Nick Cave Reappropriates Racially Charged Objects
Nick Cave‘s “Made by Whites for Whites” and “Rescue” are currently on view at Jack Shainman gallery’s two locations in Chelsea (some of the new work was first seen at The School over the summer). The artist began this series when he found a container at a flea market shaped like the head of a black man labeled “Spittoon.” Shocked and outraged, he began to consider how he might reappropriate derogatory objects such as these, in order to “rehabilitate the problematic loaded object and find a place of reverence and empowerment through reuse.”
“Made by Whites for Whites” addresses the prevalence of American racist objects that are too historically significant to be destroyed yet too offensive to be displayed. Rather than discard the objects and ignore their existence, Cave reuses and recycles the racially charged objects, transforming their negative connotation.
Known for his elaborate Soundsuits made of feathers, beads, dyed human hair, buttons, and sequins, Cave approaches his new series with the same aesthetic vibrancy. Haloed by plastic candles, beads, and Capodimonte porcelain birds, the objects are made beautiful and given new meaning. At the same time, the stereotypical representations of blacks force the viewer to confront the existence of these objects. Next to each piece is a description of the story behind the derogatory object incorporated into his work. Some are mass-produced minstrel objects, while others are symbols of black pride, such as the black power fist.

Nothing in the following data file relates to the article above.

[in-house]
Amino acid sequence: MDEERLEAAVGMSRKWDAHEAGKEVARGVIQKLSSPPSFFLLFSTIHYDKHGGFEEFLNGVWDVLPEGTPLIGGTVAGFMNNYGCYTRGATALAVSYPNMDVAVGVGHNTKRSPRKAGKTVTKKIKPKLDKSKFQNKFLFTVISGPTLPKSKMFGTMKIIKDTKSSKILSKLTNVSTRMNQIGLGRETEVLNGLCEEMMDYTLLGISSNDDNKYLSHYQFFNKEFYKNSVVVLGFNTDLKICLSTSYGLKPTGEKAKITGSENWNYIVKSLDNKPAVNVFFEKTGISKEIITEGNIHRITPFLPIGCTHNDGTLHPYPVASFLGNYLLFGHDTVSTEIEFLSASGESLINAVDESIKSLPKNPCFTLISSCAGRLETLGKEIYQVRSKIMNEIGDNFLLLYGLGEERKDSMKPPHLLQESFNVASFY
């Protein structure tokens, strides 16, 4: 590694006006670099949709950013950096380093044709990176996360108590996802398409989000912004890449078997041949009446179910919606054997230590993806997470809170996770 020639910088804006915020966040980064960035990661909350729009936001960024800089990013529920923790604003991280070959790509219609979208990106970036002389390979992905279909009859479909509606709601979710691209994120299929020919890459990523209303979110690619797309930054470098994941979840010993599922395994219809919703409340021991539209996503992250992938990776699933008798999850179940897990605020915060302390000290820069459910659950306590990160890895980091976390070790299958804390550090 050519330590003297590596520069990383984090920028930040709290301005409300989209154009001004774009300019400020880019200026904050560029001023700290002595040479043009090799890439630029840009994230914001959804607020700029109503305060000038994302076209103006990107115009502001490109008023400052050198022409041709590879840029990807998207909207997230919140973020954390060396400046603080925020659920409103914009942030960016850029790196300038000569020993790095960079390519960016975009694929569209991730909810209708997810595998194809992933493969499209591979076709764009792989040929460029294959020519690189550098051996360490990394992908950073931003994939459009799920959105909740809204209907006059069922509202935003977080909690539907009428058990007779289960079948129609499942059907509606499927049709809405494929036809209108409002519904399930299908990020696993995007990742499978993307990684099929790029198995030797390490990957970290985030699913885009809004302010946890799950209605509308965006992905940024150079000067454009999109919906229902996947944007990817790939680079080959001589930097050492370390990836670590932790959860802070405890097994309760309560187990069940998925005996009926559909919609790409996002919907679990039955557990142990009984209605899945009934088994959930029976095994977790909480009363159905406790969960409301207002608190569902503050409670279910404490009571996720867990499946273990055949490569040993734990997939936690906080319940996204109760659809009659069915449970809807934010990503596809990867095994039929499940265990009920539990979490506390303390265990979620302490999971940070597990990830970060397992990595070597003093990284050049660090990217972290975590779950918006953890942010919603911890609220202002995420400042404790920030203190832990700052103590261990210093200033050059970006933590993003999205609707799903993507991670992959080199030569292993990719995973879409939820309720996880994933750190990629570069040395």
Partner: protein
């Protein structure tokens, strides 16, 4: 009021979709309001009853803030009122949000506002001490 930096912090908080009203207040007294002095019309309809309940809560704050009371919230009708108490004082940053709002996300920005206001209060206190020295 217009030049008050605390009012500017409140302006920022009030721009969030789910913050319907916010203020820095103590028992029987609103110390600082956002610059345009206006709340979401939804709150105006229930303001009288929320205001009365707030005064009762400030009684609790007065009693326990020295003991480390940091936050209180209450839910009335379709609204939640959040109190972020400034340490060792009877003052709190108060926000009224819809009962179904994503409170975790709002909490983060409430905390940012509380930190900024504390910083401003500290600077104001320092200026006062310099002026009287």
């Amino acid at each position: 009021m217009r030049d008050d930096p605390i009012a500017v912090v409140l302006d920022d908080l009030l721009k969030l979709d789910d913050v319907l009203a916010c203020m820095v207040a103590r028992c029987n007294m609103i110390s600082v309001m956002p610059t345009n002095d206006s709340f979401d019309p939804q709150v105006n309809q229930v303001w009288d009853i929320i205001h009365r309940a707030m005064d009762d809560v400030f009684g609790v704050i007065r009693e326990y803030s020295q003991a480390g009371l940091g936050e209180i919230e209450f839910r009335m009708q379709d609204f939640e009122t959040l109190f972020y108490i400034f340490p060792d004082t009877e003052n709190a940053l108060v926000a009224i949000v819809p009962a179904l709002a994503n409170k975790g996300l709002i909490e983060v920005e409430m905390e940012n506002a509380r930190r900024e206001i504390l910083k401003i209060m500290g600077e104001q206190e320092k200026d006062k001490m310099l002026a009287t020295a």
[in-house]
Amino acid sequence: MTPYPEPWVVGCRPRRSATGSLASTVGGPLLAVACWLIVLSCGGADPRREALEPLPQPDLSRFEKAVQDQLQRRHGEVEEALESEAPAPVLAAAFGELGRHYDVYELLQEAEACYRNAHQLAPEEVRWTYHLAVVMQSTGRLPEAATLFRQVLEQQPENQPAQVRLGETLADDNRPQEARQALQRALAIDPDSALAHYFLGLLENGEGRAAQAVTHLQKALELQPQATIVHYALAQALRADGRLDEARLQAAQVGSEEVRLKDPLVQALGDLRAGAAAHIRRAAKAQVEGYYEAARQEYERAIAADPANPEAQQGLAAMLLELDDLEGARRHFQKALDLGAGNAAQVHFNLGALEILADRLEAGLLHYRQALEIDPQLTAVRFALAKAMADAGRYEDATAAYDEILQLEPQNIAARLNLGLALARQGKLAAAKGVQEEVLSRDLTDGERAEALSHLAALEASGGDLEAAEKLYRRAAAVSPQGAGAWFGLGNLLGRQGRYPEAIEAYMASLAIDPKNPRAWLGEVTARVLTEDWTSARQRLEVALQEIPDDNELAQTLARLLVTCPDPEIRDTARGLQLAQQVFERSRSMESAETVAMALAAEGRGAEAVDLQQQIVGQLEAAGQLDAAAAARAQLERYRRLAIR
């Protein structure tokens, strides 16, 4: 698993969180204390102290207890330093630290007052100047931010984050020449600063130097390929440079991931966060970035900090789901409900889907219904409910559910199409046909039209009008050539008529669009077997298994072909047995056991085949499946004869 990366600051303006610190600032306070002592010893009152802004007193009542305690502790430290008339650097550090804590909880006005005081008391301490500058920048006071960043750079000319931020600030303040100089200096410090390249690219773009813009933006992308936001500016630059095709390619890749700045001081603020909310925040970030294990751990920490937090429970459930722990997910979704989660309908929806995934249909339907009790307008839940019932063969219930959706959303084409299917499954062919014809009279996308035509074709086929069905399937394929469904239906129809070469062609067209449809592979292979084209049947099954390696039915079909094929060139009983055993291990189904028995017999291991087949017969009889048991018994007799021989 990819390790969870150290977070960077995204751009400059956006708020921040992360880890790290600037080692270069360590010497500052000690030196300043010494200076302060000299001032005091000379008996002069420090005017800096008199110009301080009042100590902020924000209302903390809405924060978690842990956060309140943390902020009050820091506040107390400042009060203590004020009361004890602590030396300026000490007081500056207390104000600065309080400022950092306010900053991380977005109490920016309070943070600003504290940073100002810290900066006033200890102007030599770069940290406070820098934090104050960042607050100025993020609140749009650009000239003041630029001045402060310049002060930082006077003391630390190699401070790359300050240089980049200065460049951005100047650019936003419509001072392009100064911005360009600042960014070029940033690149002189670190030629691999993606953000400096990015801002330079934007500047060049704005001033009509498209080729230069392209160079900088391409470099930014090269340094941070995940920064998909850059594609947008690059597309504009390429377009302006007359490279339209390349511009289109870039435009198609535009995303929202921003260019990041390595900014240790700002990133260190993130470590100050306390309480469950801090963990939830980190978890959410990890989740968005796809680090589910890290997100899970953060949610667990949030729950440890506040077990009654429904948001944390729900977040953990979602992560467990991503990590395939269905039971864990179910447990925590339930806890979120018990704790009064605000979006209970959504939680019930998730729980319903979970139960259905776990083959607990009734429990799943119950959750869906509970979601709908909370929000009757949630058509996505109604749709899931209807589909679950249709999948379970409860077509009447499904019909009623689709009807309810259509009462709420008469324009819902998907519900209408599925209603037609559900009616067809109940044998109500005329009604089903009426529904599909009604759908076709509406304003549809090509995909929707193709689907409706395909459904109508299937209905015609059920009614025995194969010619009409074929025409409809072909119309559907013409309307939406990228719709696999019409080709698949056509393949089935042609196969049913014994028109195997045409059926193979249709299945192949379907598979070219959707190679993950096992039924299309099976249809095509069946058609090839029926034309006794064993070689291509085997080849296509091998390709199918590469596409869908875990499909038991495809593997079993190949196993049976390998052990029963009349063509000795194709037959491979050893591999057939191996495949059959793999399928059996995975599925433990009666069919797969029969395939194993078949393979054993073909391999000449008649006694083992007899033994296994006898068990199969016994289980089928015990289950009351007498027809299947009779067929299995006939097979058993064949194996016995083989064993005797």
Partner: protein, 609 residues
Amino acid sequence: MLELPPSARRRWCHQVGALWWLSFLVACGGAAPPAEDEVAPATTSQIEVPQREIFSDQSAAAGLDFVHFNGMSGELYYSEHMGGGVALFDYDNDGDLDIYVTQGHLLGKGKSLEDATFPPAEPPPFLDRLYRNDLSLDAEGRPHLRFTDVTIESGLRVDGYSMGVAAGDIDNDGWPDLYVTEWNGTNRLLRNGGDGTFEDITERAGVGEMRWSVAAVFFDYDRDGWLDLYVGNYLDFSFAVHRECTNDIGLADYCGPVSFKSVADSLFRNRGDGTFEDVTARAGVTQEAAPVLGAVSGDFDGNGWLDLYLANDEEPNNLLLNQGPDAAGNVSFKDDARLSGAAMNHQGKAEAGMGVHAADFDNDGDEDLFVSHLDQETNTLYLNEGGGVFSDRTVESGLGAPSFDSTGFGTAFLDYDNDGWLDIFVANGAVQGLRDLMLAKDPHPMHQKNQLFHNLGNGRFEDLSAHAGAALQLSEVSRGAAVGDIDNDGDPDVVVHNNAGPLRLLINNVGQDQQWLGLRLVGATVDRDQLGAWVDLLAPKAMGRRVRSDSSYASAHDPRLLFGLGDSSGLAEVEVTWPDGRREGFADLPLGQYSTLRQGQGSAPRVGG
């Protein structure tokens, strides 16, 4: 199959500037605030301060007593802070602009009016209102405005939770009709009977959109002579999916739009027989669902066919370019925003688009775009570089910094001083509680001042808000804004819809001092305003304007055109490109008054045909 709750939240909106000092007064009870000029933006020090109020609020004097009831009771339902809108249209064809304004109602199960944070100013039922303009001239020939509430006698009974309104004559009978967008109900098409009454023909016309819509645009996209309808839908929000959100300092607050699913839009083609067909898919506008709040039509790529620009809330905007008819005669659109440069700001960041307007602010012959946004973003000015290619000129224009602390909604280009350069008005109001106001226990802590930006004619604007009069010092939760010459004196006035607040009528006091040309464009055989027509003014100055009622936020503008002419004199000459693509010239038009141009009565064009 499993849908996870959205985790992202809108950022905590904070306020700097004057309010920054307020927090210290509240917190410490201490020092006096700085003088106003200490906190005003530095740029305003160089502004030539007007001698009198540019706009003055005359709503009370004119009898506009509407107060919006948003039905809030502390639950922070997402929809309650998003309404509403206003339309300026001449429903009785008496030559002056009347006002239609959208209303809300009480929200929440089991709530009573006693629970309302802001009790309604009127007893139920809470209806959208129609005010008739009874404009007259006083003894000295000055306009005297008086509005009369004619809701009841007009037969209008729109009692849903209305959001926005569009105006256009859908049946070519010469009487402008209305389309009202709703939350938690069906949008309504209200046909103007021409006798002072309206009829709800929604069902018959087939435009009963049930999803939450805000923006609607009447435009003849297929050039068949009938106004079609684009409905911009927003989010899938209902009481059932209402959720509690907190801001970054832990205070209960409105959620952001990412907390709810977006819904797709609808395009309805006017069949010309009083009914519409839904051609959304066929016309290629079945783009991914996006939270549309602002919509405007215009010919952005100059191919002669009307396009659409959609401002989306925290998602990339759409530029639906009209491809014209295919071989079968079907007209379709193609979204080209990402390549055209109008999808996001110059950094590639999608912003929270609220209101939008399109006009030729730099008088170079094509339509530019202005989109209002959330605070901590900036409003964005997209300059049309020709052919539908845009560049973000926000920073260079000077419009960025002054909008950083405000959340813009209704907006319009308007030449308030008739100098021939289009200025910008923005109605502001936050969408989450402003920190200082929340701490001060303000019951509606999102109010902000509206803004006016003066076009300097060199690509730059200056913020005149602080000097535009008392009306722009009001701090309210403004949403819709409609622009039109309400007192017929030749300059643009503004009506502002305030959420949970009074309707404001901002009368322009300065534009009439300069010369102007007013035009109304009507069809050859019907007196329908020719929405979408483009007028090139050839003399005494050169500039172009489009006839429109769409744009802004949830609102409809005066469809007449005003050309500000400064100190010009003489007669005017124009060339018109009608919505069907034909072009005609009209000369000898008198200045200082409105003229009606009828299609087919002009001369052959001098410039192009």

Some pieces, such as Sacrifice are presented as key objects that have not been significantly altered. The severed head of a black man on a stick is hung diagonally with cast hands framing his face, loaning compassion to an object that was once used as a ring toss in a carnival game.
Cave’s “Rescue” series of sculptures feature ceramic dogs languishing on decorated pieces of furniture. Like the “Made by Whites for Whites” series, the found object is the central figure, enthroned by an armature of beads and figurines (something we’ve also seen in his Soundsuits). The canines are meant to be a symbol for black masculinity, as the term “dawg” now holds connotations of brotherhood, respect, and loyalty.
“Made by Whites for Whites” and “Rescue” will be on view at the Jack Shainman Gallery on 513 W. 20th Street and 524 W. 24th Street, respectively, through October 11.